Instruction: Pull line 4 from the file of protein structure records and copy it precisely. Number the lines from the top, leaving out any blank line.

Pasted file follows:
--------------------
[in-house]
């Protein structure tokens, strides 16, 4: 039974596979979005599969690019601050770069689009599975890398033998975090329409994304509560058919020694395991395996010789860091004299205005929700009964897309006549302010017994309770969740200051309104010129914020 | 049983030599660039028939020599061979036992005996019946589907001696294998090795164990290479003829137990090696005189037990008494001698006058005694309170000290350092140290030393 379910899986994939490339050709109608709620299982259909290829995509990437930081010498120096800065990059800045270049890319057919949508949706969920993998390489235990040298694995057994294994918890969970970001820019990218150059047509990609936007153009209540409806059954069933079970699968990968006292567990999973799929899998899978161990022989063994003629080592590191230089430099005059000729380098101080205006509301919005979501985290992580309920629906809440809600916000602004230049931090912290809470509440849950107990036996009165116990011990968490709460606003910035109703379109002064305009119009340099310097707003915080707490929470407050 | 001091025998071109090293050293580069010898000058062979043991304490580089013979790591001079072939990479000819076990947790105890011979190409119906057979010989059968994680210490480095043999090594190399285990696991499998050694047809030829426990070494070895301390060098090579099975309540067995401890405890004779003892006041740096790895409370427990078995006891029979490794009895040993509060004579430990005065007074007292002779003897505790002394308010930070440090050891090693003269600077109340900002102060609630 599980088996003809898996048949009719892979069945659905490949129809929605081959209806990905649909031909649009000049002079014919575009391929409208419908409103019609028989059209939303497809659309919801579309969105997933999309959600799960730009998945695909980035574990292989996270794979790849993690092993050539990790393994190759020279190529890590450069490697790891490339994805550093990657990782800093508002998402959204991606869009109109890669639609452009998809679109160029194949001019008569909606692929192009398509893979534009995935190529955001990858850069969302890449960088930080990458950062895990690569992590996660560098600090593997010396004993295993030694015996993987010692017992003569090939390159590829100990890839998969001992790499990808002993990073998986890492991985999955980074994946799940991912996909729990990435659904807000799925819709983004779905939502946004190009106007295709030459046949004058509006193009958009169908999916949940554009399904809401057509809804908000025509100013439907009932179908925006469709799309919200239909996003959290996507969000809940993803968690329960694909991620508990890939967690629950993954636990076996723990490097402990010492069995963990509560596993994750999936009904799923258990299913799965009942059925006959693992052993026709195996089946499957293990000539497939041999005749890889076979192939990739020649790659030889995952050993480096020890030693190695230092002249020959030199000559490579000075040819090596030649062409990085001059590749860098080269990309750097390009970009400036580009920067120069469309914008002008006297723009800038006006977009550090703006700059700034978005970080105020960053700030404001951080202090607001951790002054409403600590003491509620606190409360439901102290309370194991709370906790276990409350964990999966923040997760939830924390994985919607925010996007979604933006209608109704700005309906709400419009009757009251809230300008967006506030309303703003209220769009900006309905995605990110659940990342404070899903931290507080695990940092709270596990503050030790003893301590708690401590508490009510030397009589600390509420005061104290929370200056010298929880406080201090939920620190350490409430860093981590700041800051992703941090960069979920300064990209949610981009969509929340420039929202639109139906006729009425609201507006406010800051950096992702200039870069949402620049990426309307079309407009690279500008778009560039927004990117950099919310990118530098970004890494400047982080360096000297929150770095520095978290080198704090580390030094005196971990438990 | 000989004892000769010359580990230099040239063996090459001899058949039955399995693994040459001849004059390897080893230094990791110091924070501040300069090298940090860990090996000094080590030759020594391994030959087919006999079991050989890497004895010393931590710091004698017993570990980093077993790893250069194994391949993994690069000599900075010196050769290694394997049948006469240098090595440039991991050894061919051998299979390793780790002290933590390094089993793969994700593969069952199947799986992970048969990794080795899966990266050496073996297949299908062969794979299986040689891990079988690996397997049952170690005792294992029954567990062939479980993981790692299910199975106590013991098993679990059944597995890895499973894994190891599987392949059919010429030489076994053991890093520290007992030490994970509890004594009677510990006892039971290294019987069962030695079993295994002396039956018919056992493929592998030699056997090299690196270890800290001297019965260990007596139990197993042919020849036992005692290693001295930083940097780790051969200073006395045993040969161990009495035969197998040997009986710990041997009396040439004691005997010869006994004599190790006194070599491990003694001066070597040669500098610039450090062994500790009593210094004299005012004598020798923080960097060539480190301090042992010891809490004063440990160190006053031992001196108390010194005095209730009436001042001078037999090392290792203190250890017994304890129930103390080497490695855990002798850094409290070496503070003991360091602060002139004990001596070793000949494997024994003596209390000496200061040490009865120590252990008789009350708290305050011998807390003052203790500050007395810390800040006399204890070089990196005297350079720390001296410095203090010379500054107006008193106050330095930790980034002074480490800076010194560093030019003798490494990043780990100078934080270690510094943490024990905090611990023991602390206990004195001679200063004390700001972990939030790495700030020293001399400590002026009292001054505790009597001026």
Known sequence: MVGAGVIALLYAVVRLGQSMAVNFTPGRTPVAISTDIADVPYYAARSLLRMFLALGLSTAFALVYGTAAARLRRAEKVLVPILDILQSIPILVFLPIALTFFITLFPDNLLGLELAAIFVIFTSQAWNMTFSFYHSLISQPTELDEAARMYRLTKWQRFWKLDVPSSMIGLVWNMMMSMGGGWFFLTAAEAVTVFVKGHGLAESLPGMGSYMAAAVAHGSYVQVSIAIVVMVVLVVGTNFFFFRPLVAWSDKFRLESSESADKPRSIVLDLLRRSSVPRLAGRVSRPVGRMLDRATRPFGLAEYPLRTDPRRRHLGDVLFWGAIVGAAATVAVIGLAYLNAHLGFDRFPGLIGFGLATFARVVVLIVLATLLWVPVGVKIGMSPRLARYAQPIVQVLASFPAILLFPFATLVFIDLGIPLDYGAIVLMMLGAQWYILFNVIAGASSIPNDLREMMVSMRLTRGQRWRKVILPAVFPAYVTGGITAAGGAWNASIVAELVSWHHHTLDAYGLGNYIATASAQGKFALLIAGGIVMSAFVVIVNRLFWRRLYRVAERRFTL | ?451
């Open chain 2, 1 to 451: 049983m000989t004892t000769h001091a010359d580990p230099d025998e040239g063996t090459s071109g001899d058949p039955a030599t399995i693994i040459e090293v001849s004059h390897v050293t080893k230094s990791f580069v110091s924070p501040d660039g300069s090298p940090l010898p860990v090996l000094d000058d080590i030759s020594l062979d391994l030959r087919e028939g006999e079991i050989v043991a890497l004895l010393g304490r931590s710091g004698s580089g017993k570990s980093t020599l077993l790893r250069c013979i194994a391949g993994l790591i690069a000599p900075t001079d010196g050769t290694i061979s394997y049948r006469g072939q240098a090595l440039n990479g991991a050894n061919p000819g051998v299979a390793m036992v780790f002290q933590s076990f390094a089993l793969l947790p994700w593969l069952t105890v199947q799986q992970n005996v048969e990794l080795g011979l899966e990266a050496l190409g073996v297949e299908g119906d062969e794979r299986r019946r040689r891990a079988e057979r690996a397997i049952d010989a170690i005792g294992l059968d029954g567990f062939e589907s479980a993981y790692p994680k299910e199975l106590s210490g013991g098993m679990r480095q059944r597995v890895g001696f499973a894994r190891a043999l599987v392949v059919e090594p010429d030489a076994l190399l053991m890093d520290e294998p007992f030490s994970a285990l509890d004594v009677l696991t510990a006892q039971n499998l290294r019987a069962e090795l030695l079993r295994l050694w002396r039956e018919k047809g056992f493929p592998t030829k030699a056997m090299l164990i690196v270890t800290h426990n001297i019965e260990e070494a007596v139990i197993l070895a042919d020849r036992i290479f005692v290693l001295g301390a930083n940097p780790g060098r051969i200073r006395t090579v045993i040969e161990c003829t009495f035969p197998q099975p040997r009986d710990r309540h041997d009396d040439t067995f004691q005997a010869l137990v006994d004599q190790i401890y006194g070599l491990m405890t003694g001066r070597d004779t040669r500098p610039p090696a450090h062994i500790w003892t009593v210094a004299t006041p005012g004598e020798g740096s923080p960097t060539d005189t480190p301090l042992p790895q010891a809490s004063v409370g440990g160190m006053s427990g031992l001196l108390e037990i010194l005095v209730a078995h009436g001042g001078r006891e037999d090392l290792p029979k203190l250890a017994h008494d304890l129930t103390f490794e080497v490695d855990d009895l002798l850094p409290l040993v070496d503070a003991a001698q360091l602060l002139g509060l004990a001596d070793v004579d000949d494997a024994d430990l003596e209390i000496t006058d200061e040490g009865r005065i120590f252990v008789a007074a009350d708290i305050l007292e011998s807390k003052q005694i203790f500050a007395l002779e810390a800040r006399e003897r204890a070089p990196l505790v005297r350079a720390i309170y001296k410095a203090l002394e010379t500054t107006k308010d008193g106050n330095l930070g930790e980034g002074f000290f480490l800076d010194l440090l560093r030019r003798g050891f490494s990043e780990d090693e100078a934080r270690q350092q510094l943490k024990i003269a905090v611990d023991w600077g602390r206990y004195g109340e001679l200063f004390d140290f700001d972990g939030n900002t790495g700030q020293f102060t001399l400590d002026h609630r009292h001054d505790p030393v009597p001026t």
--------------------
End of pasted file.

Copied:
């Open chain 2, 1 to 451: 049983m000989t004892t000769h001091a010359d580990p230099d025998e040239g063996t090459s071109g001899d058949p039955a030599t399995i693994i040459e090293v001849s004059h390897v050293t080893k230094s990791f580069v110091s924070p501040d660039g300069s090298p940090l010898p860990v090996l000094d000058d080590i030759s020594l062979d391994l030959r087919e028939g006999e079991i050989v043991a890497l004895l010393g304490r931590s710091g004698s580089g017993k570990s980093t020599l077993l790893r250069c013979i194994a391949g993994l790591i690069a000599p900075t001079d010196g050769t290694i061979s394997y049948r006469g072939q240098a090595l440039n990479g991991a050894n061919p000819g051998v299979a390793m036992v780790f002290q933590s076990f390094a089993l793969l947790p994700w593969l069952t105890v199947q799986q992970n005996v048969e990794l080795g011979l899966e990266a050496l190409g073996v297949e299908g119906d062969e794979r299986r019946r040689r891990a079988e057979r690996a397997i049952d010989a170690i005792g294992l059968d029954g567990f062939e589907s479980a993981y790692p994680k299910e199975l106590s210490g013991g098993m679990r480095q059944r597995v890895g001696f499973a894994r190891a043999l599987v392949v059919e090594p010429d030489a076994l190399l053991m890093d520290e294998p007992f030490s994970a285990l509890d004594v009677l696991t510990a006892q039971n499998l290294r019987a069962e090795l030695l079993r295994l050694w002396r039956e018919k047809g056992f493929p592998t030829k030699a056997m090299l164990i690196v270890t800290h426990n001297i019965e260990e070494a007596v139990i197993l070895a042919d020849r036992i290479f005692v290693l001295g301390a930083n940097p780790g060098r051969i200073r006395t090579v045993i040969e161990c003829t009495f035969p197998q099975p040997r009986d710990r309540h041997d009396d040439t067995f004691q005997a010869l137990v006994d004599q190790i401890y006194g070599l491990m405890t003694g001066r070597d004779t040669r500098p610039p090696a450090h062994i500790w003892t009593v210094a004299t006041p005012g004598e020798g740096s923080p960097t060539d005189t480190p301090l042992p790895q010891a809490s004063v409370g440990g160190m006053s427990g031992l001196l108390e037990i010194l005095v209730a078995h009436g001042g001078r006891e037999d090392l290792p029979k203190l250890a017994h008494d304890l129930t103390f490794e080497v490695d855990d009895l002798l850094p409290l040993v070496d503070a003991a001698q360091l602060l002139g509060l004990a001596d070793v004579d000949d494997a024994d430990l003596e209390i000496t006058d200061e040490g009865r005065i120590f252990v008789a007074a009350d708290i305050l007292e011998s807390k003052q005694i203790f500050a007395l002779e810390a800040r006399e003897r204890a070089p990196l505790v005297r350079a720390i309170y001296k410095a203090l002394e010379t500054t107006k308010d008193g106050n330095l930070g930790e980034g002074f000290f480490l800076d010194l440090l560093r030019r003798g050891f490494s990043e780990d090693e100078a934080r270690q350092q510094l943490k024990i003269a905090v611990d023991w600077g602390r206990y004195g109340e001679l200063f004390d140290f700001d972990g939030n900002t790495g700030q020293f102060t001399l400590d002026h609630r009292h001054d505790p030393v009597p001026t």